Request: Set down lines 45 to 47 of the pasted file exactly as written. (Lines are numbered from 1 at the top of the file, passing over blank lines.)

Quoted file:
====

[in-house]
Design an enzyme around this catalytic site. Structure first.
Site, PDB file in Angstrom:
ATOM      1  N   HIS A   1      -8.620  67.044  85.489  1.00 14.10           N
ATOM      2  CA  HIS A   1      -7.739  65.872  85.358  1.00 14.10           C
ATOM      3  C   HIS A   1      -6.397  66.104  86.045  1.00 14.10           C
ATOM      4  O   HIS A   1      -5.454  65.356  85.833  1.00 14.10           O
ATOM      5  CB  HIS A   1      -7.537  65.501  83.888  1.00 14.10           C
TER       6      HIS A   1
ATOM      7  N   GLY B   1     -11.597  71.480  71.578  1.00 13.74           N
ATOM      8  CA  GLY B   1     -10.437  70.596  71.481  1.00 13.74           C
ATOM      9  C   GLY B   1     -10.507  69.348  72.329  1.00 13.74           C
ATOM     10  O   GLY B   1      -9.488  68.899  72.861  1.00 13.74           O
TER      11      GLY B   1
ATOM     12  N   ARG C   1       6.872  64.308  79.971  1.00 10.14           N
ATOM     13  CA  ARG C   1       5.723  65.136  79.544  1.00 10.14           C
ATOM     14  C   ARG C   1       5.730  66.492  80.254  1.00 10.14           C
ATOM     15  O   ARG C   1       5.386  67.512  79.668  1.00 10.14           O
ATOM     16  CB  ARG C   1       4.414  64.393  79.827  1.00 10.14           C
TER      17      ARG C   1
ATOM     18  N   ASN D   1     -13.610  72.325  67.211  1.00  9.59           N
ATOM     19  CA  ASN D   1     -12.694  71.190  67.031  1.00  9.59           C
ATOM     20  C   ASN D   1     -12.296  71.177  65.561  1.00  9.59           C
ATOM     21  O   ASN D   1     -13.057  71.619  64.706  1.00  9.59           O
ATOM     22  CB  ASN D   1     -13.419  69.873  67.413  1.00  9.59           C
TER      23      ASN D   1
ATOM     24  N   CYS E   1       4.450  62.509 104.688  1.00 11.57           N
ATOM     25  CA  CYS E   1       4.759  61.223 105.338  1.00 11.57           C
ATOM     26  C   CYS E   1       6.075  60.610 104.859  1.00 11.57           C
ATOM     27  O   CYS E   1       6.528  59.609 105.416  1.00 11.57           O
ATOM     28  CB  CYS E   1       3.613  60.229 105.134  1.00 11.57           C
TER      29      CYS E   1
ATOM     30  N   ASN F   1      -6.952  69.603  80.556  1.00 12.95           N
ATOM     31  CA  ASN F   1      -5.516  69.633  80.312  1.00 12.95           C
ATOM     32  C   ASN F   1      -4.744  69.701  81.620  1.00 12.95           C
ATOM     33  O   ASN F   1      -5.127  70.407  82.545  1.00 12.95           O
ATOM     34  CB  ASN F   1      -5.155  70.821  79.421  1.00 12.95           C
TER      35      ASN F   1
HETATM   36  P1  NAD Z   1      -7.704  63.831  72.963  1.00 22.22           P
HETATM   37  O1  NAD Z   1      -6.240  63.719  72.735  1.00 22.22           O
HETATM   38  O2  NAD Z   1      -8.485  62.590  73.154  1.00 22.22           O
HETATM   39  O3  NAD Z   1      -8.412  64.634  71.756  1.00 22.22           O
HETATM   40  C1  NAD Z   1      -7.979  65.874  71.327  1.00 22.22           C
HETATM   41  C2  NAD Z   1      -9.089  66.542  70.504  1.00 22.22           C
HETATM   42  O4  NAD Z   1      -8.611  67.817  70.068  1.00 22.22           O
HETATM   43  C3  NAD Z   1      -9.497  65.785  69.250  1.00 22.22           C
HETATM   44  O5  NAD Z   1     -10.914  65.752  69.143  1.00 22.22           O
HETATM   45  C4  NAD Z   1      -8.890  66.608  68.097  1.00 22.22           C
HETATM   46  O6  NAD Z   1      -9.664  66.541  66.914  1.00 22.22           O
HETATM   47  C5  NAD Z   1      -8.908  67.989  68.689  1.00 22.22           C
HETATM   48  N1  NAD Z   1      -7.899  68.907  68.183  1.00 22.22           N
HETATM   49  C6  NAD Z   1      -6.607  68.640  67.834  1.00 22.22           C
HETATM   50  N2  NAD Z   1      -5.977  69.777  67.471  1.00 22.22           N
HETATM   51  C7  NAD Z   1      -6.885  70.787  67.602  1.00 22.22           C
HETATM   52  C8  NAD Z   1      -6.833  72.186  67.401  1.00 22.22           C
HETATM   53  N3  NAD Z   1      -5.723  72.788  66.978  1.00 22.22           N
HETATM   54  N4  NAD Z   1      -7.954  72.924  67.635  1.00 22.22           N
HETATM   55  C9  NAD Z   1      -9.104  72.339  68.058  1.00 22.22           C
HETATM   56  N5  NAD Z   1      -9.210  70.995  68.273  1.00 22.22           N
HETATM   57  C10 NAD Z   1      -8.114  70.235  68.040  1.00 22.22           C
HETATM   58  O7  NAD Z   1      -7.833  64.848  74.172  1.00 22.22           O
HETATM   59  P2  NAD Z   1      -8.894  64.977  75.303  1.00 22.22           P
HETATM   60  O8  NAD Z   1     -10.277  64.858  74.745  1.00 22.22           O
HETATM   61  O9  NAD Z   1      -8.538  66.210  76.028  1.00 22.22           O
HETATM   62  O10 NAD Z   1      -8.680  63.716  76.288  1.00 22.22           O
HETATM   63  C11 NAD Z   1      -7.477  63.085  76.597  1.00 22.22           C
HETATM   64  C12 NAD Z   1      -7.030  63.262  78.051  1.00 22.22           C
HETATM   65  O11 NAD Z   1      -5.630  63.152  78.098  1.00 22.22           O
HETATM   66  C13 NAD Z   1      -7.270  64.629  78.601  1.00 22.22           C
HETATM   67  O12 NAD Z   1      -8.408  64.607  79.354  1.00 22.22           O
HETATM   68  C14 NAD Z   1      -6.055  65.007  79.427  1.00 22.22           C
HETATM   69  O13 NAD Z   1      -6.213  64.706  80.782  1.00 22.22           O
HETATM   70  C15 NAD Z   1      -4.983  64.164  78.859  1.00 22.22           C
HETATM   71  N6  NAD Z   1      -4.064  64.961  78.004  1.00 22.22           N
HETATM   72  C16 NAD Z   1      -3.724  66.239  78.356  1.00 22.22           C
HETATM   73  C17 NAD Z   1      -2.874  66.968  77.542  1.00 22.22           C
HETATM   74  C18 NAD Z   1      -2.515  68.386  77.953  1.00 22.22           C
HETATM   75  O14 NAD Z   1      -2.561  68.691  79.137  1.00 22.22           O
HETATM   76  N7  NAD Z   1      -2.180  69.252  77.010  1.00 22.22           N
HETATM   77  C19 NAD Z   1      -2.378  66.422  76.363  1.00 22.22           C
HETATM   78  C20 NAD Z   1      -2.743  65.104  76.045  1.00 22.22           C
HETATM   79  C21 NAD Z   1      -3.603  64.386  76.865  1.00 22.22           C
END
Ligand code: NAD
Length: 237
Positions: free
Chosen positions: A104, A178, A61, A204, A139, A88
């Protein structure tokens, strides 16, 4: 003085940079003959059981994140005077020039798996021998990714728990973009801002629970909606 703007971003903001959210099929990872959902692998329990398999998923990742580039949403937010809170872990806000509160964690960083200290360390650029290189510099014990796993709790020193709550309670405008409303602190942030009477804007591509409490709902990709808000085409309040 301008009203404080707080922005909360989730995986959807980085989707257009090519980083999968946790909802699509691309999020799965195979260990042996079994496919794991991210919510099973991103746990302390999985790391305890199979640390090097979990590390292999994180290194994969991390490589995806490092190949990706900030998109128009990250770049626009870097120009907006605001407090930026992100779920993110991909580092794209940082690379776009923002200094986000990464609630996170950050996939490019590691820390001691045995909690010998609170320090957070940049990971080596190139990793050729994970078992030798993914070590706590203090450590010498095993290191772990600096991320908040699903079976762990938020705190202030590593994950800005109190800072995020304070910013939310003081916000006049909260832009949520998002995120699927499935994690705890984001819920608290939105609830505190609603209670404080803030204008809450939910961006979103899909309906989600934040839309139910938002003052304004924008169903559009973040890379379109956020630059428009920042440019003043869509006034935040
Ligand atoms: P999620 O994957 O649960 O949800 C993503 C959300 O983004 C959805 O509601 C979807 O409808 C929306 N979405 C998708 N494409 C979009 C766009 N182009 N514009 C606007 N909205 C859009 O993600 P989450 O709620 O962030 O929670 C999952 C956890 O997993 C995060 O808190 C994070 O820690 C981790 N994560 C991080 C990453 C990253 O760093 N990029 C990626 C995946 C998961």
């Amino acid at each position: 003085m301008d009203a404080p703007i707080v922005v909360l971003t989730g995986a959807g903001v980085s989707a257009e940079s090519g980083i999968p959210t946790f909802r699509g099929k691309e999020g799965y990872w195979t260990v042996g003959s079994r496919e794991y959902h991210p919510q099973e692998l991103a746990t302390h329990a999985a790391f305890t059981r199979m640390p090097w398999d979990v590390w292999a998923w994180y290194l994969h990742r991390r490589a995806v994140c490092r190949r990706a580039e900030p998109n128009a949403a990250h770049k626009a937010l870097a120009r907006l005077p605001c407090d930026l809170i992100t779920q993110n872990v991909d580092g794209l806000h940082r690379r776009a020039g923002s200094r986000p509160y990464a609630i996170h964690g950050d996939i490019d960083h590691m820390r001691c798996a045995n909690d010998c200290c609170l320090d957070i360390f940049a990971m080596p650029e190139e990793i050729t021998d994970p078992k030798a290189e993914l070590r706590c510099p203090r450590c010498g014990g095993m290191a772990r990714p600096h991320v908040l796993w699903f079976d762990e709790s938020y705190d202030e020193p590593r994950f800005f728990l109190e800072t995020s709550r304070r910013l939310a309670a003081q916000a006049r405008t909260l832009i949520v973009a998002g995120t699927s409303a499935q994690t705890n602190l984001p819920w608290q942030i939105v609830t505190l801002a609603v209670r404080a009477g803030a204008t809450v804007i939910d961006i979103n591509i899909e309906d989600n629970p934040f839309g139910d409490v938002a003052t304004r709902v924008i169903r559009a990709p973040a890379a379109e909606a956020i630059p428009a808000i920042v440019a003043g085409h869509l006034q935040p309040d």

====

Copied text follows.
HETATM   42  O4  NAD Z   1      -8.611  67.817  70.068  1.00 22.22           O
HETATM   43  C3  NAD Z   1      -9.497  65.785  69.250  1.00 22.22           C
HETATM   44  O5  NAD Z   1     -10.914  65.752  69.143  1.00 22.22           O